Extractive industries transparency

Australia will enhance disclosure of company payments and government revenues from the oil, gas and mining sectors, by implementing the Extractive Industries Transparency Initiative (EITI) Standard and continuing to support EITI principles around the world.

Completion Status:
Not fulfilled

Commitment filtering:

Specific:yes

The first part of this commitment, namely that Australia will implement the EITI, is specific. The EITI is well known and widely implemented, and a commitment to implement the EITI therefore moves Australia towards achieving a recognised international standard in the area of extractive industries transparency. The second part of the commitment is not specific because it is a general statement of intent only.

Measurable:yes

The first part of the commitment is measurable. The EITI standard contains a clear process by which countries become an implementing country, and then how they must implement the EITI.[1] This includes the implementing government issuing a public statement of its intention to implement the EITI, appoints a senior official to lead the implementation and establishes a functioning multi-stakeholder group that involves the government, companies and the full, independent, active and effective participation of civil society. Progress on the EITI standard can be measured. The second part of the commitment is not measurable because it is not clear how Australia will support EITI principles around the world.

[1] EITI, How to Become an EITI Implementing Country, Guidance Note 1, May 2018, https://eiti.org/files/documents/guidance_note_1_how_to_become_an_eiti_implementing_country.pdf



Last updated: 30 January 2022
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Evaluation:

In 2016, Australia pledged to implement the EITI.1 Five years after this commitment was made, it has not yet done so. The multi-stakeholder group, which comprises government, industry and civil society stakeholders, was established in November 2016 but has not met since 2019. Establishing a multi-stakeholder group, along with the government issuing a public statement of its intention to implement the EITI and appointing a senior official to lead the implementation, are key first steps in implementation. Critically, regular disclosure of extractive industry data consistent with the EITI standard has not occurred.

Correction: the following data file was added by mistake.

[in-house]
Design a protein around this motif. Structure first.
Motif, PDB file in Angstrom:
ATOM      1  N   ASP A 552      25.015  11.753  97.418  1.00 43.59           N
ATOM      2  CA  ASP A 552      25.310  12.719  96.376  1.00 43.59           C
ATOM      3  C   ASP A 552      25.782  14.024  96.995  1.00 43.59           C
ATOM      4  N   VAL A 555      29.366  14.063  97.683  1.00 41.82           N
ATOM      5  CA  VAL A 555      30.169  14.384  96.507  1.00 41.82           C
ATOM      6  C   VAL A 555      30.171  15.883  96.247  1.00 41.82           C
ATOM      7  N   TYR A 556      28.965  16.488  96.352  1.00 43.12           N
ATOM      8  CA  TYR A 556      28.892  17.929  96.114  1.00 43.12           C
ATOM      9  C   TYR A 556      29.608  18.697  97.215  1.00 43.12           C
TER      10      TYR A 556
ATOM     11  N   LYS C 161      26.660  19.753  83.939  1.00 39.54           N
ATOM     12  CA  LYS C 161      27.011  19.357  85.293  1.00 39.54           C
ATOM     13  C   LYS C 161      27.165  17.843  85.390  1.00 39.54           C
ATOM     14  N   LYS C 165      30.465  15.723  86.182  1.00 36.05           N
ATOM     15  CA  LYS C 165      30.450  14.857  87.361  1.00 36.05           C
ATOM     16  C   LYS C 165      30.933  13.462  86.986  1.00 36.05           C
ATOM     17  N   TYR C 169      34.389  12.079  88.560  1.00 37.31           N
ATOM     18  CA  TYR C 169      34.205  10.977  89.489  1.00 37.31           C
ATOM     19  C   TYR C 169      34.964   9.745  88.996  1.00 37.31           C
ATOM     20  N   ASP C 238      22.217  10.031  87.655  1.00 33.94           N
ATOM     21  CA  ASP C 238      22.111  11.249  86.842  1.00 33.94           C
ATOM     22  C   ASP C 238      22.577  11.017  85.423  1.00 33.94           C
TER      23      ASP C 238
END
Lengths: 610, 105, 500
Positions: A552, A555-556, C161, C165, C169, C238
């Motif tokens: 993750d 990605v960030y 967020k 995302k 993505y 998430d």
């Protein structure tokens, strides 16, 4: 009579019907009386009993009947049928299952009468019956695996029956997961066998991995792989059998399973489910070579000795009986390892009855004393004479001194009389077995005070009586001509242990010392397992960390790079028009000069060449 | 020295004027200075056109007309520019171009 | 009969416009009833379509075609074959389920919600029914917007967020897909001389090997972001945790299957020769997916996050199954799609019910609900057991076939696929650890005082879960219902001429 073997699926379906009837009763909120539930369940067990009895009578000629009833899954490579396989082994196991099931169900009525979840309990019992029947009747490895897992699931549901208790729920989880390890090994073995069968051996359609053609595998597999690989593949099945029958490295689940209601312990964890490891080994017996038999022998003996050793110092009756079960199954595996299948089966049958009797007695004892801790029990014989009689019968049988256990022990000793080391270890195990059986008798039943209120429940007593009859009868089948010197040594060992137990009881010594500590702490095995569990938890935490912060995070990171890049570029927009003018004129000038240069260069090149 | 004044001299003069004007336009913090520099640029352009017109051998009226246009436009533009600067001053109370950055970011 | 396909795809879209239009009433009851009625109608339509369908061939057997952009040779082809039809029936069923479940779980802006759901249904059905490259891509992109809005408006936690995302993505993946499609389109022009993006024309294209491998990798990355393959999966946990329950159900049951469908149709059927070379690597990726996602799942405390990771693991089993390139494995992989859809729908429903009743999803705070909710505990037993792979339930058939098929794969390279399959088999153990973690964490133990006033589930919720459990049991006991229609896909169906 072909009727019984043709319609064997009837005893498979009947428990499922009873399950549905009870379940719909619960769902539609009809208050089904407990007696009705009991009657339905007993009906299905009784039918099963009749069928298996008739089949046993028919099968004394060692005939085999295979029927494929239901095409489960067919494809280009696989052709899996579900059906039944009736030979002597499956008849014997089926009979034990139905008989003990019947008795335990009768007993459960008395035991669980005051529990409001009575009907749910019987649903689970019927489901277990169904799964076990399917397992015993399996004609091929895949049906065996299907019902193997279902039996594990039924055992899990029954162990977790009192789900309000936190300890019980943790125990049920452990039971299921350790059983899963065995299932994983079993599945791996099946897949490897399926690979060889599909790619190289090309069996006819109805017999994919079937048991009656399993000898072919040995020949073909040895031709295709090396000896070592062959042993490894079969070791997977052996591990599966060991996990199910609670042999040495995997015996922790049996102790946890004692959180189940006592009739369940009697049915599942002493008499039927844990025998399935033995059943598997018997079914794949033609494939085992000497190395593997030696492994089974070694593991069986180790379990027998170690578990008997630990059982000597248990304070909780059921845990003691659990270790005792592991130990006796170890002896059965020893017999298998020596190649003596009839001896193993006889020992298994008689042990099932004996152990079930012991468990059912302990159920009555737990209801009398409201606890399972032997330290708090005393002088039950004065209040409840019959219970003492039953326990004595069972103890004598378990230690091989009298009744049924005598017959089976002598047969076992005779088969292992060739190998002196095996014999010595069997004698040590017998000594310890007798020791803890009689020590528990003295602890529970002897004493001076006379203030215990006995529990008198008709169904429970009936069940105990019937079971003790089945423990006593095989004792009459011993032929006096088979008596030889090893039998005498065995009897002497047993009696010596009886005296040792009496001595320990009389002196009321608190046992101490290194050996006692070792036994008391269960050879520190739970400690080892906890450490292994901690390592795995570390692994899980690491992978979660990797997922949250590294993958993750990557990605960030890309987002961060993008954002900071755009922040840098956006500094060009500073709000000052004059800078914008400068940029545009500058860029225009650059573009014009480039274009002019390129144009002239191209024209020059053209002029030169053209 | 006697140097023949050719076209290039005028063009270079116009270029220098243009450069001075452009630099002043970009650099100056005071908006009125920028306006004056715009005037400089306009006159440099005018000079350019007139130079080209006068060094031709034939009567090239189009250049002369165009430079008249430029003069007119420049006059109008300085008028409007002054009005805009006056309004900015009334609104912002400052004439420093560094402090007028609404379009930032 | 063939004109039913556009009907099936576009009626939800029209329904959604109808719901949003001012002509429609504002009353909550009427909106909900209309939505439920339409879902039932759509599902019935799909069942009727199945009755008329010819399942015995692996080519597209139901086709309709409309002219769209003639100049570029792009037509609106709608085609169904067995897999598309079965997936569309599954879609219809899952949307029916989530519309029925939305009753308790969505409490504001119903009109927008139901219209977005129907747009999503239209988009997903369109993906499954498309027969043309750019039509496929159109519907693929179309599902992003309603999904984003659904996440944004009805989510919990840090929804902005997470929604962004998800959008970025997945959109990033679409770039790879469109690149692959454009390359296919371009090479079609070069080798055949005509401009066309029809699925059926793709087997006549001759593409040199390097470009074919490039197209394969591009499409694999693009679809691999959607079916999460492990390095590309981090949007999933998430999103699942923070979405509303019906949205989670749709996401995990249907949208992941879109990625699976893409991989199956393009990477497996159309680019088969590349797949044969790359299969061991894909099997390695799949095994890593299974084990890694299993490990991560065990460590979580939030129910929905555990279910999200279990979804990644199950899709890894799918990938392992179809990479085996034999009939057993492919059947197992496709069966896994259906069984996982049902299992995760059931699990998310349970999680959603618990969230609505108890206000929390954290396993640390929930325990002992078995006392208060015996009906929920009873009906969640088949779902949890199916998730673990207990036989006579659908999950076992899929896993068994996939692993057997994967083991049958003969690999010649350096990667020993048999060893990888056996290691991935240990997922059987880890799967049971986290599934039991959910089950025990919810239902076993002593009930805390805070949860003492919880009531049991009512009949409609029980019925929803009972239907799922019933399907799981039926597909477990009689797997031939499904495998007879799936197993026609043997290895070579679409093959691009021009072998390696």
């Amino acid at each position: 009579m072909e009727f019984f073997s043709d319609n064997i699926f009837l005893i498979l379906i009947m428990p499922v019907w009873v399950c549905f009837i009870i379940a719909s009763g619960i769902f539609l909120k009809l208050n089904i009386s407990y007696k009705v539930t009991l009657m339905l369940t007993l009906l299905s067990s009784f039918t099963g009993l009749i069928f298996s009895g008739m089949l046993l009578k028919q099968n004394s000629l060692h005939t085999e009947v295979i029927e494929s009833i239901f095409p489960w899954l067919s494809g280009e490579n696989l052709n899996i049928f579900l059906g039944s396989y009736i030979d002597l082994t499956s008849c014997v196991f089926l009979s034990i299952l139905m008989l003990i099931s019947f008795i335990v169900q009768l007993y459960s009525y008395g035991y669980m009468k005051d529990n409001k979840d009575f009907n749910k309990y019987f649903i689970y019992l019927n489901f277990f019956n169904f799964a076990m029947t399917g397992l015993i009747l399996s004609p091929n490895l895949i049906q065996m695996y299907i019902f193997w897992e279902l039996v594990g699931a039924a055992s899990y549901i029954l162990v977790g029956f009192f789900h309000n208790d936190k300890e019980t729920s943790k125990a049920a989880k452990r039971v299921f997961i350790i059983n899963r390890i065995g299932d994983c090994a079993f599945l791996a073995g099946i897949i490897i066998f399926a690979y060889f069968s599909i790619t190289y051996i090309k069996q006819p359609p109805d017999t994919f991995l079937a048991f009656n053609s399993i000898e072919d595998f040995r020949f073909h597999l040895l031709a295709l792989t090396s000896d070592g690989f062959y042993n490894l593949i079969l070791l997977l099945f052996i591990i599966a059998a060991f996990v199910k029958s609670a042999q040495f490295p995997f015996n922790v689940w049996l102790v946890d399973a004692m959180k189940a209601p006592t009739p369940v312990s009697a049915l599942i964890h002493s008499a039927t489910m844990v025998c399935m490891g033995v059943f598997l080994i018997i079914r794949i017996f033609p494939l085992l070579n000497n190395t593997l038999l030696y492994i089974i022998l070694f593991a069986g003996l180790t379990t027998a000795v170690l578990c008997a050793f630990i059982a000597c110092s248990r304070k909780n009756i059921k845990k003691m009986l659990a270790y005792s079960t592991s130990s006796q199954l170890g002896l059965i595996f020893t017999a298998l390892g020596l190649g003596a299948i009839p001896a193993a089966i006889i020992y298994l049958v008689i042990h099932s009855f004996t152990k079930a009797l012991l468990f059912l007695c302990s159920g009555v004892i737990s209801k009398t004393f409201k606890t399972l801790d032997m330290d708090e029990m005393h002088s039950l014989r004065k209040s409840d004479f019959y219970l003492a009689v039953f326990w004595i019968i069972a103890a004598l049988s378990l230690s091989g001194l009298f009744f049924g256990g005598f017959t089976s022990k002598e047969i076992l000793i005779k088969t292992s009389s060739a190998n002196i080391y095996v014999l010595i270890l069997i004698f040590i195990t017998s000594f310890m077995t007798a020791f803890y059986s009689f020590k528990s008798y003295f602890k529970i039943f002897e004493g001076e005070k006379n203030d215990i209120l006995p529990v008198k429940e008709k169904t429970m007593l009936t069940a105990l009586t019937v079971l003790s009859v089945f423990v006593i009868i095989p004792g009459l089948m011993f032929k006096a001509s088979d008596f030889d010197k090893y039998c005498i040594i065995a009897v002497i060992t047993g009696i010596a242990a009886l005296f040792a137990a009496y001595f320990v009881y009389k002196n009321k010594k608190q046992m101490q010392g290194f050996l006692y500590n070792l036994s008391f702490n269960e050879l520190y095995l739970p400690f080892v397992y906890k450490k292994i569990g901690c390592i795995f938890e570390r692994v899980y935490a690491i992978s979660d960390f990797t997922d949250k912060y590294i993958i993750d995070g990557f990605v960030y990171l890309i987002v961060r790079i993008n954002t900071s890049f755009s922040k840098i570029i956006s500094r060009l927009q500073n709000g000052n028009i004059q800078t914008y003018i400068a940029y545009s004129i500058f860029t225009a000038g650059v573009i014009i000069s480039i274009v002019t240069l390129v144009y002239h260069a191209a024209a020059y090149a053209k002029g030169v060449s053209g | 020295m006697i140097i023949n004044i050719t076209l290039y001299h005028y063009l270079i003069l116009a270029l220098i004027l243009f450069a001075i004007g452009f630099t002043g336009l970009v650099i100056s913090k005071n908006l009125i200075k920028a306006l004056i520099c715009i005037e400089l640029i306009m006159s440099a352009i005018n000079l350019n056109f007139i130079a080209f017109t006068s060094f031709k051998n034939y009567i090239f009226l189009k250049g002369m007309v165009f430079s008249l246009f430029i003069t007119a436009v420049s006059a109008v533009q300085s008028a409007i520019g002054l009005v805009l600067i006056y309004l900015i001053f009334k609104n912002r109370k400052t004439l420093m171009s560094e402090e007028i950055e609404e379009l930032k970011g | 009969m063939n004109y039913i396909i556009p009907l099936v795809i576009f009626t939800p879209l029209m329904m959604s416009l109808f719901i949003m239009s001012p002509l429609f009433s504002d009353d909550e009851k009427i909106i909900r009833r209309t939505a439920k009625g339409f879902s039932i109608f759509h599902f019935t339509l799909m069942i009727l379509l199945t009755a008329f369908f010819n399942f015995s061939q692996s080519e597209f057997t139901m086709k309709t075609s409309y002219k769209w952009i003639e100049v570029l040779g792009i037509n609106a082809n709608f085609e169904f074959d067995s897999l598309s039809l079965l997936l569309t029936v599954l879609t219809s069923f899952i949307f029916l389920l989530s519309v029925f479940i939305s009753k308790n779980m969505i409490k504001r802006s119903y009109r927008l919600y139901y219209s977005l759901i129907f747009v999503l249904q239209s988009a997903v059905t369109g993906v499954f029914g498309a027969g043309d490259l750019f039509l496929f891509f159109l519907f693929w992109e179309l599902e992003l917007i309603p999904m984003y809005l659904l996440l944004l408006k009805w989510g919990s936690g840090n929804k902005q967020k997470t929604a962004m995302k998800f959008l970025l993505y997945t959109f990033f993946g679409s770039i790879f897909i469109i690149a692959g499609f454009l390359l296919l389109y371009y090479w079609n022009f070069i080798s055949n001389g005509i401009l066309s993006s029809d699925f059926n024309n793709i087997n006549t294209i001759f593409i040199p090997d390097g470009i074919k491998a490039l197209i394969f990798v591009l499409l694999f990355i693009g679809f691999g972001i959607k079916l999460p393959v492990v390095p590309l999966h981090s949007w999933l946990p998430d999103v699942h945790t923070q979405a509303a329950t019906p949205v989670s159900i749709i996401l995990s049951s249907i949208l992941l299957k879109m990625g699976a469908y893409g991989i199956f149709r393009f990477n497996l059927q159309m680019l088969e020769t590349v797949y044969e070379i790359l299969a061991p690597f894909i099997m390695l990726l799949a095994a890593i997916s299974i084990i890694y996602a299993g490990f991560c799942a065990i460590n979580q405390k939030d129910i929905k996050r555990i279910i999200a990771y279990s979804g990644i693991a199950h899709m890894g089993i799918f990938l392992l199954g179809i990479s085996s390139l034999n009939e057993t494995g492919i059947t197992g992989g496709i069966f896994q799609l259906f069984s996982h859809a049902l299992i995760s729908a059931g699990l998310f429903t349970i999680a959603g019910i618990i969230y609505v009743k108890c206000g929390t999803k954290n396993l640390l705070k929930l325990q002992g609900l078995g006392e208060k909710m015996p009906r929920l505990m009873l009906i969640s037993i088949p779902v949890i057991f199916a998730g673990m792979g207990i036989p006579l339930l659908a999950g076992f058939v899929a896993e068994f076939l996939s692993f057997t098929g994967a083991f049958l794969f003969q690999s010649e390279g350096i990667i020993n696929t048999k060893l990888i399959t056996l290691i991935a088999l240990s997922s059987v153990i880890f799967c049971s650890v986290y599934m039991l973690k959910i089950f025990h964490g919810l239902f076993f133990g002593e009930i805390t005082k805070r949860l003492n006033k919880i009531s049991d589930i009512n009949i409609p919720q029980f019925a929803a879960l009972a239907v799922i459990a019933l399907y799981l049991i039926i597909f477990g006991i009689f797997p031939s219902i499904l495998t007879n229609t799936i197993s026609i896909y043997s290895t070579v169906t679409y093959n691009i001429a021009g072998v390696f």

Recent correspondence from the relevant minister to Publish What You Pay Australia states that Australia’s decision to join the EITI was based on the 2013 EITI standard.2 The standard has subsequently been revised to require disclosure of more information – including beneficial ownership, contracts and environmental information – than the initial focus on revenue payments to government and which “may pose some challenges in Australia”, the minister said, although what these challenges are was not elaborated on in the minister’s letter to Publish What You Pay Australia.

The minister also stated that, until the government’s review of the Voluntary Tax Transparency Code (a set of principles and minimum standards to guide businesses on the public disclosure of tax information) is complete, it would be premature to reconvene the EITI multi-stakeholder group.2 The review of the Voluntary Tax Transparency Code commenced in 2018,3 and the Board of Taxation published its review of the Tax Transparency Code in February 2019,4 although no action has been taken since then. Establishing a multi-stakeholder group is a key step in EITI implementation and is something for which civil society groups in particular have been advocating.

 

Challenges to effective commitment implementation